Just as war drives innovation and change in war-fighting technologies, it also supercharges the evolution of insurgent and terrorist groups. An organization’s failure to change in response to the dynamic environment in which it operates likely portends its end. AQAP’s resilience is a testament to the group’s ability to remake itself. The complexity of Yemen’s interlocking wars and the prolonged involvement of outside powers mean that AQAP has been forced to evolve into a more diffuse organization. This will impact the “AQAP” brand and may mean that AQAP becomes something of a constellation of loosely allied groups in Yemen. At the same time, AQAP will be less legible than it has been in the past. This lack of legibility is very much in its interest as it attempts to evade counter-terrorism efforts, access illicit networks, and profit from Yemen’s wars. AQAP’s evolution may point toward how the next wave of insurgent and terrorist groups will operate. These groups will be more amorphous, increasingly local, and more purposefully illegible.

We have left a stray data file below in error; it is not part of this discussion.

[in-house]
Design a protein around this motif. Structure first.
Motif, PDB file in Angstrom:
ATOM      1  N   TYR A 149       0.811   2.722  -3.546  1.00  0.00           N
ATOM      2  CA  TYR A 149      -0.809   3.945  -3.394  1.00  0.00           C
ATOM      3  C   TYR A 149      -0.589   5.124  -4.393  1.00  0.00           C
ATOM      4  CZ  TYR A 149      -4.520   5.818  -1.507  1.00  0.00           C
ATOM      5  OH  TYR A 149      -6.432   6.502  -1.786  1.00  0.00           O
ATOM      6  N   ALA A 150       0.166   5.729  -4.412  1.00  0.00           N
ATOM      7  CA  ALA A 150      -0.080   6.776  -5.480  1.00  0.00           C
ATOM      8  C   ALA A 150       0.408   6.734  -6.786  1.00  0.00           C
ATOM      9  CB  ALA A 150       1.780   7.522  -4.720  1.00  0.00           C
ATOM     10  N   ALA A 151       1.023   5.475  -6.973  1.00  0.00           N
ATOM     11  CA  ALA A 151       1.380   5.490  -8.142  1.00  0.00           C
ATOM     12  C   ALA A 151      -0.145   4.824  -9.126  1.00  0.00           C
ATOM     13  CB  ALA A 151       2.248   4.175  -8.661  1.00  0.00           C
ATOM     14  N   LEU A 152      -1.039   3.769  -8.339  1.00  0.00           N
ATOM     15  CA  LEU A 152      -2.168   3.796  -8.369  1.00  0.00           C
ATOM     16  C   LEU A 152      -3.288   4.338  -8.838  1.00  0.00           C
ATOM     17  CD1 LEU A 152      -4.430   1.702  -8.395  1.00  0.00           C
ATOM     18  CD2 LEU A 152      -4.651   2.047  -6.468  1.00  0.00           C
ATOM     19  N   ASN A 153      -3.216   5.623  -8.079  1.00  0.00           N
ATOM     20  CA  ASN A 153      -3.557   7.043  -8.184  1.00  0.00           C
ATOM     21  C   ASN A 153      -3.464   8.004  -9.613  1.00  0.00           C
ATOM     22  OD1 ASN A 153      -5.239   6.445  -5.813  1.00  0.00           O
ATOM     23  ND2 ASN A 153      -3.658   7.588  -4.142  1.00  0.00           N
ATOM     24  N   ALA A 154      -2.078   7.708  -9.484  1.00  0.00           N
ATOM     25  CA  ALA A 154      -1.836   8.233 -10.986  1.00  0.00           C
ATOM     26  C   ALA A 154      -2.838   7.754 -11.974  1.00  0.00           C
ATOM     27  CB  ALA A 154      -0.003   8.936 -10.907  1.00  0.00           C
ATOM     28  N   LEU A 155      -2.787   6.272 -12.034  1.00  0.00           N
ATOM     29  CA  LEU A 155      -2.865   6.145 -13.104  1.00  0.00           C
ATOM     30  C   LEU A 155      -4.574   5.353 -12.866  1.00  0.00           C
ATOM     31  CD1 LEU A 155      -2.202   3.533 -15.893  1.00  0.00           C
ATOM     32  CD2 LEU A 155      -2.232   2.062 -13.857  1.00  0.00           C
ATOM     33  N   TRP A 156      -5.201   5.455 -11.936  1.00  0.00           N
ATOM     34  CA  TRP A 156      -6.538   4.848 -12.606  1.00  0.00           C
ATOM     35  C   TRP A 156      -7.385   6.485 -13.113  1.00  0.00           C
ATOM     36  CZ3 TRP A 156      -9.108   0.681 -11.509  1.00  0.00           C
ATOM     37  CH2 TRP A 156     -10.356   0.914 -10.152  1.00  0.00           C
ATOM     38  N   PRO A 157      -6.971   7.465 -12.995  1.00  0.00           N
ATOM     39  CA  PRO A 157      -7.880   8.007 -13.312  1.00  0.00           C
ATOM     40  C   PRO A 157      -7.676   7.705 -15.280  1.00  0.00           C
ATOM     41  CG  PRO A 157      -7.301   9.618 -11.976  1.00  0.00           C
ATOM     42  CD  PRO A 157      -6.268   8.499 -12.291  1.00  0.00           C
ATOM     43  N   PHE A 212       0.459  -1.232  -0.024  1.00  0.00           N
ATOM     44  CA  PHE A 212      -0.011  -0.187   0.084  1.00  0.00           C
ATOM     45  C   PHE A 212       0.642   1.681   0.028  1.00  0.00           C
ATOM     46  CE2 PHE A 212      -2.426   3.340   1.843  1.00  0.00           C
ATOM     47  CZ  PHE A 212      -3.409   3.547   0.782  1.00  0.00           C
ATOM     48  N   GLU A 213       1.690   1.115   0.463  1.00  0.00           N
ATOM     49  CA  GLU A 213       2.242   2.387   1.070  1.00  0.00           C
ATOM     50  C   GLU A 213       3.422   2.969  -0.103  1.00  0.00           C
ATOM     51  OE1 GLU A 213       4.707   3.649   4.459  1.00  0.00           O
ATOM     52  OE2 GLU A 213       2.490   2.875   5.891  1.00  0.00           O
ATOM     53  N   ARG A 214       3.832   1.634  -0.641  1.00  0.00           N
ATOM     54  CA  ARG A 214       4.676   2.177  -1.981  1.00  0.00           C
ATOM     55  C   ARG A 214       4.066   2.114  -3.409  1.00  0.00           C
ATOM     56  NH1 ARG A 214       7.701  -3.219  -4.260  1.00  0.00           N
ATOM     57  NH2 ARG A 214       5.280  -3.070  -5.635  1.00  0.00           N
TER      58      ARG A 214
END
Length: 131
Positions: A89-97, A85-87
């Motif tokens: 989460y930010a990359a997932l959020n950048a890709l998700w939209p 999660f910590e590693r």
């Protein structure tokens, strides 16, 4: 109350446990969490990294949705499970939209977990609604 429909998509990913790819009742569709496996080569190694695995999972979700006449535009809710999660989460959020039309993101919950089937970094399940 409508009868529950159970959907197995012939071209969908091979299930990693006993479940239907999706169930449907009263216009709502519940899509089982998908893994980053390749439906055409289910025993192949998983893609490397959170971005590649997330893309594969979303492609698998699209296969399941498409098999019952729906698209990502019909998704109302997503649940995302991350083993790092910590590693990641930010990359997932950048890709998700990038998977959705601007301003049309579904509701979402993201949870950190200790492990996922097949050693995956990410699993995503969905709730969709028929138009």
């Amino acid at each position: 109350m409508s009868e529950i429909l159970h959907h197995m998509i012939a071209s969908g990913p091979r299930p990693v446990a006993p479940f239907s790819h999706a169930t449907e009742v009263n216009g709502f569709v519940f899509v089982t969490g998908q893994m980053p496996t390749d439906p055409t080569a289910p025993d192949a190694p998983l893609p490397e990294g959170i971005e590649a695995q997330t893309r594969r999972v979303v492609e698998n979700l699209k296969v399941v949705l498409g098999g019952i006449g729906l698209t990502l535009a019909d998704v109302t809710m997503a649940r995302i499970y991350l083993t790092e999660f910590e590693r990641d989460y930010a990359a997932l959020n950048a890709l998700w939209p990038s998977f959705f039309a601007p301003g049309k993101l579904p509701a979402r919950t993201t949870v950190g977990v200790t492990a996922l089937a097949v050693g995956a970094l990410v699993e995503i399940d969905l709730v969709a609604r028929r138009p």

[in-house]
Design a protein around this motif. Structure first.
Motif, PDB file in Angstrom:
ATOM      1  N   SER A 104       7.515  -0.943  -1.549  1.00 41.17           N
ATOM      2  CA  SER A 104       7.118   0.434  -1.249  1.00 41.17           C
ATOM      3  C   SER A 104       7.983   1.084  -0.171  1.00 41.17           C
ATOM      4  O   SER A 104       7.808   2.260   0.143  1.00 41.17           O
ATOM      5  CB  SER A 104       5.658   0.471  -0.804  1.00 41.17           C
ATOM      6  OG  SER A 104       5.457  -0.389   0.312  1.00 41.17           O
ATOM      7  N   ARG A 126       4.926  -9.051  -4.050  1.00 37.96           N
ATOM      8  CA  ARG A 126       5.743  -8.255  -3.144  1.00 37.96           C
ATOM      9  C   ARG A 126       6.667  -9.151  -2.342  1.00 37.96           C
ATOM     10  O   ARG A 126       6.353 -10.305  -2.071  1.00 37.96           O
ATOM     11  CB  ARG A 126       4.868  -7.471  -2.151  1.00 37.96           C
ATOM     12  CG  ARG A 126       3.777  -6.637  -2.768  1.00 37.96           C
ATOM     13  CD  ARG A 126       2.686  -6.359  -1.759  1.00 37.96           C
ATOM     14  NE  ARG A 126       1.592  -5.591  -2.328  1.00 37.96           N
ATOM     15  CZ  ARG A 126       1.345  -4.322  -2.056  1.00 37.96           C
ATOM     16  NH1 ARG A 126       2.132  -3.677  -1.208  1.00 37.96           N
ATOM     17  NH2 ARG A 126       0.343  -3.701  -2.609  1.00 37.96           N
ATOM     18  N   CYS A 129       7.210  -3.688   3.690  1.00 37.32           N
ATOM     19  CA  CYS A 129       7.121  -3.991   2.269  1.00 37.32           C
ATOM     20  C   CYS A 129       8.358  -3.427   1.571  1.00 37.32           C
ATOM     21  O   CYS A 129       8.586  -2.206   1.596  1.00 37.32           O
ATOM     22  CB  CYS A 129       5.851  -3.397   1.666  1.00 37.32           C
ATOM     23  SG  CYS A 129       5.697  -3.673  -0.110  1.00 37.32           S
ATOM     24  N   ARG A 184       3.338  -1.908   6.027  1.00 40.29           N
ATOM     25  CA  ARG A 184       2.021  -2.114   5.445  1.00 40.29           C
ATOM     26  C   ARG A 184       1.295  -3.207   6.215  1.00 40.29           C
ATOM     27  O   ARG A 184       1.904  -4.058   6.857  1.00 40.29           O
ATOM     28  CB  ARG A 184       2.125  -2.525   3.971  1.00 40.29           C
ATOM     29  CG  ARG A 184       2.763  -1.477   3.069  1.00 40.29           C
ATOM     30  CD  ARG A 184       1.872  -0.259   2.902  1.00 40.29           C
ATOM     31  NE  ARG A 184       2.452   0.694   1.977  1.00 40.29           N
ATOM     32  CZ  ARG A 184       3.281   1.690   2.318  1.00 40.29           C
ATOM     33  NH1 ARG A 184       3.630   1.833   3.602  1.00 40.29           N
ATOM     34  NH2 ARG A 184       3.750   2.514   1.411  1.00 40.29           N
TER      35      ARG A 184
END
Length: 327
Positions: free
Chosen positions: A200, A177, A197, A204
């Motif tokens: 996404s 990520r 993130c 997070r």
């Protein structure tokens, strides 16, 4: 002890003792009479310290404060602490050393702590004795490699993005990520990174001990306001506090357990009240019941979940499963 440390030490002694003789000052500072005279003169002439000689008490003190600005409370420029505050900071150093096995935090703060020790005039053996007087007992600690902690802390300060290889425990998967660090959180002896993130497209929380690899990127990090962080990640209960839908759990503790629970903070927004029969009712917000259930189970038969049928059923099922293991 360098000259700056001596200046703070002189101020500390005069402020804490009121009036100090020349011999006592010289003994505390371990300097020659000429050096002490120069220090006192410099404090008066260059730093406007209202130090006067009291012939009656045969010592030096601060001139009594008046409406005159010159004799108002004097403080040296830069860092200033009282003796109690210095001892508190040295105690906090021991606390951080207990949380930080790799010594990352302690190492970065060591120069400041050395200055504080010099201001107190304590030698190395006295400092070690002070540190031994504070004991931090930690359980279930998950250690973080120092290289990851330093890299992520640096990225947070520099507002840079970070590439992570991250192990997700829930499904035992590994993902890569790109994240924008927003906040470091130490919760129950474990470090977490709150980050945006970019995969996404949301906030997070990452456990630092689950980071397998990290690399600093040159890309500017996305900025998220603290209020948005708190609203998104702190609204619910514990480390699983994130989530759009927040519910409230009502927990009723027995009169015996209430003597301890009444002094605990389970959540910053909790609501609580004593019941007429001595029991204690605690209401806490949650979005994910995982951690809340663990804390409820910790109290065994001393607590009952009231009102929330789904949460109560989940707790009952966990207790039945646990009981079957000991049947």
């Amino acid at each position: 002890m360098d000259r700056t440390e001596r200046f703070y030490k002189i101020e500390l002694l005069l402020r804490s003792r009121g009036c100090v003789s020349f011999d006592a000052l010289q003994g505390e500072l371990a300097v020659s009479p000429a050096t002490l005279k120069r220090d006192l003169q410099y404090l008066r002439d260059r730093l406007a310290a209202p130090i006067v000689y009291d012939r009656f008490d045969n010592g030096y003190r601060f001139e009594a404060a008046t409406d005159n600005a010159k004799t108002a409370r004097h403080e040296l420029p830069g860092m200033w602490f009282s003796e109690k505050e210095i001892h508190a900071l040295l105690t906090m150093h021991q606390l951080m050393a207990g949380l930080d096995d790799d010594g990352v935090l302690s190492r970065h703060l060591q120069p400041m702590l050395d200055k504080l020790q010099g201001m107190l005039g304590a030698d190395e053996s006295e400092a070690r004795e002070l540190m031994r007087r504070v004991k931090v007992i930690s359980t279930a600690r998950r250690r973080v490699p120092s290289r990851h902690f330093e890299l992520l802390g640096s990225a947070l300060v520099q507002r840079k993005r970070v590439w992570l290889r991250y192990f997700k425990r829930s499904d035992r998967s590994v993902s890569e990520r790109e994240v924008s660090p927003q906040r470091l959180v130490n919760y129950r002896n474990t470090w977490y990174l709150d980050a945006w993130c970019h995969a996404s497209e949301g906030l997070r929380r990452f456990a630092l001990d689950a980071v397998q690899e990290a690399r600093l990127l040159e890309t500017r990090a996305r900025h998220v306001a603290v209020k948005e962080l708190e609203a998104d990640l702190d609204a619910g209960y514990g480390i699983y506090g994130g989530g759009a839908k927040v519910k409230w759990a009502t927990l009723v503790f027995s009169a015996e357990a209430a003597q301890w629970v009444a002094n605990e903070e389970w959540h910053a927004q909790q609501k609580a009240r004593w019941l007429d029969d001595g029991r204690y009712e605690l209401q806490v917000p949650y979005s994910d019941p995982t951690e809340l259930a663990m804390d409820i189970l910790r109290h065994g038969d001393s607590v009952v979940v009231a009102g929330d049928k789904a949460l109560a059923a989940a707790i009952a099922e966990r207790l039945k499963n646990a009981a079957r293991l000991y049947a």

Author interview, Yemen based analyst, January 2020; author interview former Yemeni security official, February 2020.
 There are persistent rumors in Yemen that many in AQAP regarded al-Raymi with suspicion. In the past, AQAP has used coalition (United Arab Emirates and Saudi Arabia) strikes as a way to “shape” the socio-cultural terrain and even the organization itself by eliminating internal and external enemies. Both the UAE and Saudi Arabia maintain extensive networks of informal and formal agents whose job is to gather intelligence on potential targets. As with any intelligence network, especially those that are poorly monitored and often working at cross-purposes, these networks are permeable.
 See: “Fighting the Long War: The Evolution of al-Qa’ida in the Arabian Peninsula,” CTC Sentinel, January 2017.
 This is not to say that AQAP will not try to inspire “lone wolf” attacks abroad. Most recently AQAP claimed credit for directing Saudi Arabian Air Force officer Mohammed Saeed al-Shamrani to launch a terror attack in Pensacola, Florida on December 6, 2019 (Middle East Monitor, December 8, 2019). AQAP’s ties to Al-Shamrani remain unclear.
 Author interviews with Yemen based analysts and journalists, February 2020.